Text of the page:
Bloggers often don’t consider the strength of their writing when they evaluate the quality of their blog. Most attention goes to other aspects of a blog: photo placement and quality, SEO, frequency of updates, quality of links, etc. They may not realize it, but bloggers looking to improve their site should really take a look at their own writing more than anything else.
Clever and Short
Having drawn your attention to the importance of writing well, I should specify that writing well doesn’t mean writing a lot. In fact, the best writing on the web showcases a perfect blend of brevity and wit to convey a wealth of meaning. From the silly but potent writing found in popular web memes to the copy featured on world class web ads, the key to strong writing lies in a writer’s ability to communicate a huge idea in a few words. This may seem like a tall order, particularly if you’re hesitant to write in the first place, but don’t be intimidated. No one is asking that you try to get nominated for a literary award; I’m only asking that you put some thought into every piece of writing on your blog from here on out.
Take the example of a picture blog. Let’s say that the bulk of the writing in your blog comes from the titles for each post. Instead of assigning a number to each post, or titling each post after the date on which it was posted, try giving the post a unique name related to the content of the picture. Try injecting some cleverness to your title. Say you post a picture of a gorgeous beach landscape; instead of titling it “Post 131” call it “Just add yourself” or “Future housing plans?” to communicate the obvious connotation of the image: that you want to be there.
The point is to give an unexpected edge to your writing. Punchy writing is all about subverting expectations. Take a look at your content and think about how you can write about it with a wink.
Write to the readers
While you want to write smart content, you want to keep your audience in mind when you draft a post. Clearly you want to avoid overly clever humor if your blog caters to a more somber or reserved audience/subject matter. Tap into the group temperament of your blog’s followers and ask yourself what kind of writing they would react best to. Use your best judgment as you know your audience better than anyone else.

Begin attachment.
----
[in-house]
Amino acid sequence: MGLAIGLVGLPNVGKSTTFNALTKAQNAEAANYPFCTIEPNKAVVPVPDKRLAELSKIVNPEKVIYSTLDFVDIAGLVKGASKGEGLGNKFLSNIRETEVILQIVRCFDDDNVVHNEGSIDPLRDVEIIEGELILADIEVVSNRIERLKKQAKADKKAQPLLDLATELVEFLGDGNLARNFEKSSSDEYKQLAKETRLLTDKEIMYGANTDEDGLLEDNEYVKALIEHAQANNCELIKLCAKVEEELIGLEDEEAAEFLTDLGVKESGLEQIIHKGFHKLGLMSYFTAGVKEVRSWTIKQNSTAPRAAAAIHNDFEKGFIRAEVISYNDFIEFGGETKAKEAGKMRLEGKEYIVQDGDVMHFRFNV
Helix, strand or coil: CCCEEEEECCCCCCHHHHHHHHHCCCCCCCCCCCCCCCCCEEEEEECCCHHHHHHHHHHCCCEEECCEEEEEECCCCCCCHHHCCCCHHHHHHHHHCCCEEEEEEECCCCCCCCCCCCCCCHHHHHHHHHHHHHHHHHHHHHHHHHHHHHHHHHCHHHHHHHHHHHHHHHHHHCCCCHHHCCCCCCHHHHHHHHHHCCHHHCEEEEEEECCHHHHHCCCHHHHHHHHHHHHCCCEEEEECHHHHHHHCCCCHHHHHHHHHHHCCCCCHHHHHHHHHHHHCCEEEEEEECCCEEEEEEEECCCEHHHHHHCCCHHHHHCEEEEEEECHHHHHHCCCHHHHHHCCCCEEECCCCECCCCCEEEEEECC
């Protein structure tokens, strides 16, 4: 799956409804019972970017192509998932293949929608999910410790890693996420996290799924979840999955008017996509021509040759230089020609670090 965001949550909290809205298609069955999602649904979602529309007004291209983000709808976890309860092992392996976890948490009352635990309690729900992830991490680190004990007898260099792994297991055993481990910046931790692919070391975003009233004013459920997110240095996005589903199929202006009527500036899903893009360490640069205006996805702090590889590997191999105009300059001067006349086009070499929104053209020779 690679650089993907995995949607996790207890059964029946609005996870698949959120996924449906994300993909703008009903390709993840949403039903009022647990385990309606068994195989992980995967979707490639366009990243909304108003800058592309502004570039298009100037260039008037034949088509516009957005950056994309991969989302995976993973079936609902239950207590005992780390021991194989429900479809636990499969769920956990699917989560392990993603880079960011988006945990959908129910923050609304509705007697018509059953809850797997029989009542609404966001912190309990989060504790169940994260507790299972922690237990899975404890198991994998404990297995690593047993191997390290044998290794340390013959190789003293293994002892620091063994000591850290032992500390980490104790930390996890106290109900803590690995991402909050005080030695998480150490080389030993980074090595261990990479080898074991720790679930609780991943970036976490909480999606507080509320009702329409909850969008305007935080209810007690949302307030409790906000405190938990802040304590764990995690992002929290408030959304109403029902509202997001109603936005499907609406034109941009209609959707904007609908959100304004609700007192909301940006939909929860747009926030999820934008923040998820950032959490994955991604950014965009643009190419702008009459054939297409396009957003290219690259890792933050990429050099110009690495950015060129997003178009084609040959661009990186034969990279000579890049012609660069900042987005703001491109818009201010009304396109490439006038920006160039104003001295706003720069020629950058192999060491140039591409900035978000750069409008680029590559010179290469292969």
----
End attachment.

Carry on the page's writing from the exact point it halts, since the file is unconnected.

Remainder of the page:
If you’re unsure as how to approach an aggressive writing campaign on your site, visit the sites of bloggers who feature similar content. Get a feel for how they write to their readers, and see if you could put your own touch on that dynamic with your readers.
Above all, don’t be afraid to experiment with your blogging ideas when it comes to writing. Take advantage of your blog as a safe space to practice your writing, without fear of ridicule or harsh opinion. Successful bloggers often become popular by taking chances and acting in ways that defy the norm of their blog’s genre. While I said before to write to your audience, I don’t advise exactly bending over backwards for their sake. If you think a piece of writing could offer a compelling perspective to your blog’s subject matter, by all means write the content.
The overarching mantra of better writing could be summed up in one word: think. Put the same amount of meticulous thought in your writing that you do in the design, presentation, and marketing of your blog. Your readers initially find and connect to your blog through the writing featured on the site, whether it’s the name of your blog or the meat of a lengthy featured post. Do yourself a favor: take a chance and think about a new way to spin the writing on your blog—you won’t be sorry you did.